The Zika virus. Who will be our next President? ISIS. Who will win in the standoff with the Oregon occupiers? Plight of Syrian refugees. Economic uncertainty and the stock market roller coaster.
A smattering of today’s headlines fills a person with fear. We want to duck under the covers.
The message of Mark 13 is that there is hope for the future. Jesus will return in glory and justice to condemn evil, end suffering, and gather his own to himself.
The events of the chapter occur midway between Jesus’ triumphal entry into Jerusalem and his crucifixion. The teaching is prompted by the disciples’ comments regarding the beauty of the temple (1) and Jesus’ remark that the temple would soon be destroyed (2). The disciples respond by asking for details about when and what to look for (3-4).
Jesus’ response to their question is both pastoral and prophetic. He weaves together the near event, the destruction of Jerusalem (2) with the far event, the return of the Son of Man in power and glory (26). Rather than helping his disciples set dates, however, he encourages them to stand firm. After warning them not to be distracted by false saviors and false signs (5-8) and not to be discouraged by persecution (9-13), he addresses their second question of what signs to look for (14-27). He tells them to watch for the abomination of desolation (14-23) and the return of the Son of Man (24-27).
Jesus explains that he, the Son of Man, will return in triumph (24-27). Jesus introduces this new topic with the word, “but” (24a). It introduces a sharp contrast between the false messiah who will perform miraculous signs and the dramatic coming of the true Messiah. It also indicates that this event is different from the destruction of the temple.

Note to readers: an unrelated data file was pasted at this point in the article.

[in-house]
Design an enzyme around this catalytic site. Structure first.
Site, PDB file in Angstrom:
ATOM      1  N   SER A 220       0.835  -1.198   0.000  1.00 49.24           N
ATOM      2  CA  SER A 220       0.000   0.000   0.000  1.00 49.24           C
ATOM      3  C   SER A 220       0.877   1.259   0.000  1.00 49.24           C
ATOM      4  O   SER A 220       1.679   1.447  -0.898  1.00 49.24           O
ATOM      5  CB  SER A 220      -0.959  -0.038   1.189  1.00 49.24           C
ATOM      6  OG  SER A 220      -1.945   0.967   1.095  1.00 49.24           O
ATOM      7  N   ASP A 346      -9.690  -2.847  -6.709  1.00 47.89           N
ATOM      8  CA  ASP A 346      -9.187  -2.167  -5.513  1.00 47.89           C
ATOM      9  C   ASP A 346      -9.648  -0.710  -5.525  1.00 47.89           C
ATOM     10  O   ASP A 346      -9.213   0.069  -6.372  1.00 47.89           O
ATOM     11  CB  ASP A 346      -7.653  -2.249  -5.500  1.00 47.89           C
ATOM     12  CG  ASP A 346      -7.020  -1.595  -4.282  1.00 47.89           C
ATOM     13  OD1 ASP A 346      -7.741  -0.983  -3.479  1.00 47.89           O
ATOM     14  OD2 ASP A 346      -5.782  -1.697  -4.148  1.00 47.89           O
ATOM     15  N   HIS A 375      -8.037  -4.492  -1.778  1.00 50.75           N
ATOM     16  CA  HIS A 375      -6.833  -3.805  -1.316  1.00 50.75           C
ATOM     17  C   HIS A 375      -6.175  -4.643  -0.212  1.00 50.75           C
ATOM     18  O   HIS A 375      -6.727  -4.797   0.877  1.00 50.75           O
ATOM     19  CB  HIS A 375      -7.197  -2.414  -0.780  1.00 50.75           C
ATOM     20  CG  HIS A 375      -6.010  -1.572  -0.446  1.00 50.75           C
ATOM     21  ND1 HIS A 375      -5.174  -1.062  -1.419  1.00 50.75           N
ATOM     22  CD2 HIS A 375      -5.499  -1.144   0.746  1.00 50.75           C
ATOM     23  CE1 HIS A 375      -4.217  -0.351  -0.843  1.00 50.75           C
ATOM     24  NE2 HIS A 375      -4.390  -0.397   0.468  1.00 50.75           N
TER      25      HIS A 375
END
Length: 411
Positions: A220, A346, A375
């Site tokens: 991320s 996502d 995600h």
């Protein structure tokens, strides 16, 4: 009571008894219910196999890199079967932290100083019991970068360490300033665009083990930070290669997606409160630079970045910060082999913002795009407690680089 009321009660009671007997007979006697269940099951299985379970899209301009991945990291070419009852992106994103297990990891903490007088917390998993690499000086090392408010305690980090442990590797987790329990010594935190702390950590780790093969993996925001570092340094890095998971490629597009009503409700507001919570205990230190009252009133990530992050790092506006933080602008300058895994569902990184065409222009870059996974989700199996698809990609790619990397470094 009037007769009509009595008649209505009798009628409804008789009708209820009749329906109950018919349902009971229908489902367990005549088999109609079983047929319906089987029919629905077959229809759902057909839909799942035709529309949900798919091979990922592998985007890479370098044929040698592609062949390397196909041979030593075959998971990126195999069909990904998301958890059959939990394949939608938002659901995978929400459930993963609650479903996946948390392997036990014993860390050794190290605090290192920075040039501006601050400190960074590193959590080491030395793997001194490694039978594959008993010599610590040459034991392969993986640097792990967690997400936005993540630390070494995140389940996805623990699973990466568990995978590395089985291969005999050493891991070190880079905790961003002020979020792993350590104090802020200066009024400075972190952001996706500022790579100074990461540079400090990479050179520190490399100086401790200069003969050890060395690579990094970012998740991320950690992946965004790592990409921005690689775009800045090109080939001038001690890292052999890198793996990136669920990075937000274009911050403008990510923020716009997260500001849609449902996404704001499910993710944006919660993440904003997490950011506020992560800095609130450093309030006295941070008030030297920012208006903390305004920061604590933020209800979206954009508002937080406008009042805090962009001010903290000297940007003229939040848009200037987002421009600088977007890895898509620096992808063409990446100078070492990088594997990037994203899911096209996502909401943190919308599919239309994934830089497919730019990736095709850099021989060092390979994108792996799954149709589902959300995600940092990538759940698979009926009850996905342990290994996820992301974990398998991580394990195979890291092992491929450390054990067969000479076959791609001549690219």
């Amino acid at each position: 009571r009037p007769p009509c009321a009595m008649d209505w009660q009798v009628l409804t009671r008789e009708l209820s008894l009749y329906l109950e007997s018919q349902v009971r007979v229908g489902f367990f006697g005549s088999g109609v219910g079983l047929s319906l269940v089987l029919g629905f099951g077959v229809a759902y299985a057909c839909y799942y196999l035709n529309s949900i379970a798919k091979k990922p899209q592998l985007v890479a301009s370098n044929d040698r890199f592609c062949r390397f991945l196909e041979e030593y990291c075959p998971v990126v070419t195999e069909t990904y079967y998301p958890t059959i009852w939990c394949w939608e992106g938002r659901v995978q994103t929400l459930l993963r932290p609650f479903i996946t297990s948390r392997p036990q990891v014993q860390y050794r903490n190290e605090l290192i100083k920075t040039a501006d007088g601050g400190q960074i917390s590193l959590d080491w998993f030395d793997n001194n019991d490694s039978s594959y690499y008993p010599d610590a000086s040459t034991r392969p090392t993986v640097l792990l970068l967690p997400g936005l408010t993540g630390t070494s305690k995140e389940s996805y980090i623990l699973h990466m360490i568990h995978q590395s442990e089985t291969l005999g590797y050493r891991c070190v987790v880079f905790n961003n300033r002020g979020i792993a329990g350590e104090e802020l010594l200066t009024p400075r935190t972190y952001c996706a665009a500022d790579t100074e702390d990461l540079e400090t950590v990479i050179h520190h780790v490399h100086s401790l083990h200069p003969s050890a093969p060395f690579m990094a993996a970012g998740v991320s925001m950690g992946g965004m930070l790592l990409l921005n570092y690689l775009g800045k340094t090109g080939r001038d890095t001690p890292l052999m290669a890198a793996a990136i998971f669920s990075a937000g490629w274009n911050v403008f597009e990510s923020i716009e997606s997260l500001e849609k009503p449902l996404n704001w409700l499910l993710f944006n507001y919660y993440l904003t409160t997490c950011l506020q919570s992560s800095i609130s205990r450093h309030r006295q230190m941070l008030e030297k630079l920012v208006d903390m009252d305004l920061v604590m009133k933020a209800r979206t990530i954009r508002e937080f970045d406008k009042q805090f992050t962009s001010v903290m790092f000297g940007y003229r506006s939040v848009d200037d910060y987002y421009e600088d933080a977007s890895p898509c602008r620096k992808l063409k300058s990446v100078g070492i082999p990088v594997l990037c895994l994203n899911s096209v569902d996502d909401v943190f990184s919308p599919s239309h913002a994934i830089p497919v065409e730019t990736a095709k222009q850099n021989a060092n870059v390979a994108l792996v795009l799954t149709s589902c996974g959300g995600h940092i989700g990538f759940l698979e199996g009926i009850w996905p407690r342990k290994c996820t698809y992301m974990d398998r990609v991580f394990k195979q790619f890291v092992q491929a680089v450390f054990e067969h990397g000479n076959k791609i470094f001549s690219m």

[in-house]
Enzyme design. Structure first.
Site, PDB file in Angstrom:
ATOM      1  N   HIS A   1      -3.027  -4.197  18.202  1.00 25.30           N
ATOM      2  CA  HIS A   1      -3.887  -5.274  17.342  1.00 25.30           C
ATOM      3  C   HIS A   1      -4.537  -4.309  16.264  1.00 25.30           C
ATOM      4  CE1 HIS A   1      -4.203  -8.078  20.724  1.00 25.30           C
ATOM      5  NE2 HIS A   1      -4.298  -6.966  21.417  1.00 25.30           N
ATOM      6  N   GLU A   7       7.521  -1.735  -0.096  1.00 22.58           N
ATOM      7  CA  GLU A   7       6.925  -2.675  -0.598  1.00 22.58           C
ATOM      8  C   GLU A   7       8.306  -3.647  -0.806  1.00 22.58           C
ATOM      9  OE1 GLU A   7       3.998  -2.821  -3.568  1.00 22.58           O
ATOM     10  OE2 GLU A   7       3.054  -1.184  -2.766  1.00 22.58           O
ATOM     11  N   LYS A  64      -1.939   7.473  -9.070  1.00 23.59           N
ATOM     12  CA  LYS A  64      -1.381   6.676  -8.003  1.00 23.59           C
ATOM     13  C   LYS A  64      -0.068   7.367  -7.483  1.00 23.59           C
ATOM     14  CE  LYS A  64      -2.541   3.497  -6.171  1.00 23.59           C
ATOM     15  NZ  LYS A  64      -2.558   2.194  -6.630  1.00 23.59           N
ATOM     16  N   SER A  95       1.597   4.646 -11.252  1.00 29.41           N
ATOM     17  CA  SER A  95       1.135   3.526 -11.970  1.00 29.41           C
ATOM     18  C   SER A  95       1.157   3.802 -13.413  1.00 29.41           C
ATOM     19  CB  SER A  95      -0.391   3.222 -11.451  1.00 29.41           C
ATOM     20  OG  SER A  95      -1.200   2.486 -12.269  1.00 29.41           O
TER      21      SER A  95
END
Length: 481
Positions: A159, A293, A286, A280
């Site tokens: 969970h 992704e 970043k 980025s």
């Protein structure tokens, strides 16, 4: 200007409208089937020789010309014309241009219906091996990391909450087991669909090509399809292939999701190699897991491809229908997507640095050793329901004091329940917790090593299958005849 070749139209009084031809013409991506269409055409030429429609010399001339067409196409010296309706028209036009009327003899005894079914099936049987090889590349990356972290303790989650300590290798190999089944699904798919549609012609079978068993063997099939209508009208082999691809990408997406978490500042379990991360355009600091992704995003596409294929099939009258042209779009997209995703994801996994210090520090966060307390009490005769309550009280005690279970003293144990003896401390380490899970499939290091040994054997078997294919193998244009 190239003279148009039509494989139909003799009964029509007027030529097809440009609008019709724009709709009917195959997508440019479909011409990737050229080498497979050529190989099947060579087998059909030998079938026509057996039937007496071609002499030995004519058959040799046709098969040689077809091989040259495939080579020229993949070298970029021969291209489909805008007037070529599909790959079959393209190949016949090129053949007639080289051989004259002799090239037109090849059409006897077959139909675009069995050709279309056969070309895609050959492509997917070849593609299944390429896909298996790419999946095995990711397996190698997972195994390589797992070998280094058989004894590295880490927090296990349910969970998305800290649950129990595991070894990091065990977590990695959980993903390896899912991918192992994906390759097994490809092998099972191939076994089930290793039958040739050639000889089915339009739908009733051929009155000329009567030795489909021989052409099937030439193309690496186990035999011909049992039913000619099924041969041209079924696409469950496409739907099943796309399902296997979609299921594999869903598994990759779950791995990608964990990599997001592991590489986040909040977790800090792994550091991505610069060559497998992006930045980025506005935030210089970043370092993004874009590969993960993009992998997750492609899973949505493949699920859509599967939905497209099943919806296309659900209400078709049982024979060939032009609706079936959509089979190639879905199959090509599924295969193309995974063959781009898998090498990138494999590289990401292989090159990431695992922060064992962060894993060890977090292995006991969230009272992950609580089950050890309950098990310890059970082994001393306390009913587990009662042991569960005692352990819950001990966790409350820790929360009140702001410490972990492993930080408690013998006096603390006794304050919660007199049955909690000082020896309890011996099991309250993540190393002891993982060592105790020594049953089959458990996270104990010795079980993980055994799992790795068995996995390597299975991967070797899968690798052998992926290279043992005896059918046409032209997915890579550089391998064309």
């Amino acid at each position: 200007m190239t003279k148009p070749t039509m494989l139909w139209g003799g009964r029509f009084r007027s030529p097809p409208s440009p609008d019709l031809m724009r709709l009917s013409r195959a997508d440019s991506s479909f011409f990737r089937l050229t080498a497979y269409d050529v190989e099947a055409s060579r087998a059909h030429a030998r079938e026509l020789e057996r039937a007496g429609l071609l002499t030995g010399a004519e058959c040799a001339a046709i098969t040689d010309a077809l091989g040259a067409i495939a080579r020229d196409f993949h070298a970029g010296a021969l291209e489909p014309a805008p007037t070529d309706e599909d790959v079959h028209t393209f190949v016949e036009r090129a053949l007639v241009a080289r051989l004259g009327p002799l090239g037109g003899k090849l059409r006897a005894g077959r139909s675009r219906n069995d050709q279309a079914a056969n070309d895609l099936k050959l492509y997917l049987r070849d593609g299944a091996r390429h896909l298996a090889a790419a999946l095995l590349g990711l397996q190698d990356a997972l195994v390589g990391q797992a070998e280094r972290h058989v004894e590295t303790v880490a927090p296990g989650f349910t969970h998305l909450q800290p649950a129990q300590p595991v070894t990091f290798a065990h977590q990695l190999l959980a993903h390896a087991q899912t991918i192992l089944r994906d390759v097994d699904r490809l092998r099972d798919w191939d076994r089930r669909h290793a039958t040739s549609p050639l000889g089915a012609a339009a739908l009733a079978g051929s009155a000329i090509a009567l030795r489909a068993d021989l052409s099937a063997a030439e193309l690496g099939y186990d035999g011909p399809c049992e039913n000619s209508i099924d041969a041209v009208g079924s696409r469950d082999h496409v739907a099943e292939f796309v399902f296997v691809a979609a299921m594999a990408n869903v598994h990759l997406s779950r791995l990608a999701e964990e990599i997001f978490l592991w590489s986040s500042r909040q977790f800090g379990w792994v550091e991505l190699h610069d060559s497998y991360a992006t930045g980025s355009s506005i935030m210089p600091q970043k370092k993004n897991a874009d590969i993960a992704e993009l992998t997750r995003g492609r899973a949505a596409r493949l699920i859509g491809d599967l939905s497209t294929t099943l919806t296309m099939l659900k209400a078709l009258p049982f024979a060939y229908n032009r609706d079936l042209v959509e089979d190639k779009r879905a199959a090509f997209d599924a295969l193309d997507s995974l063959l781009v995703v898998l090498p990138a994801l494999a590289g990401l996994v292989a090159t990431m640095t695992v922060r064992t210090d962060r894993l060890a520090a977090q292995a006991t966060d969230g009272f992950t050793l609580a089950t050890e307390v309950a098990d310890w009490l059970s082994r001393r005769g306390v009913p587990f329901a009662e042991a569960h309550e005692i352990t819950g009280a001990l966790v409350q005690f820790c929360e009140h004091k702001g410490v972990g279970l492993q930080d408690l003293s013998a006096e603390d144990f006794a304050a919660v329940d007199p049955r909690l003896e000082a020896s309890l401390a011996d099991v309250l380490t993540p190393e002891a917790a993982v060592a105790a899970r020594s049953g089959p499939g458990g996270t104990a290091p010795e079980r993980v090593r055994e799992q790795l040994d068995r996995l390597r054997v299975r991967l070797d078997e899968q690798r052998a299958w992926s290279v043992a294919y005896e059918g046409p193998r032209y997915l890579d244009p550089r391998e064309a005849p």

Jesus’ return will be accompanied by a variety of cosmic disorders (24b-25). The sun will be darkened, the moon will not give its light, and the stars will fall. It will appear as if there is an earthquake in heaven. The Old Testament prophets described these events (Isaiah 34:2, 4; Ezekiel 23:7-8; Isaiah 13:10, 13) as part of God’s judgment on the nations. It appears that the heavens will reflect what is transpiring on earth.
Jesus’ return will be visible (26). Jesus will return personally, visibly, and bodily as the glorified Son of Man (Daniel 7:13). A generation ago people questioned how every eye could watch Jesus return (Revelation 1:7). When you consider that 114 million people in the USA watched Super Bowl XLIX and 180 million people in 200 territories watched the 2015 UEFA Championship, it’s not hard to imagine how CNN, FOX NEWS, and others will broadcast his return live.
Jesus will send angelic messengers to gather the elect from the ends of the earth (27). Jesus will gather his people together so they might share in this time of triumph.
Jesus’ preview of the future ought not lure us to calculate when Christ will return, nor to fear what will happen. Rather, it should encourage us that he will come to claim his own. His coming is his promise, and the gathering of believers to him is our hope.
This is the synopsis of a message preached at First Central Baptist Church in Chicopee, MA, on February 7, 2016. It is part of a series in the Gospel of Mark. Please click on the link to download a copy of the sermon notes.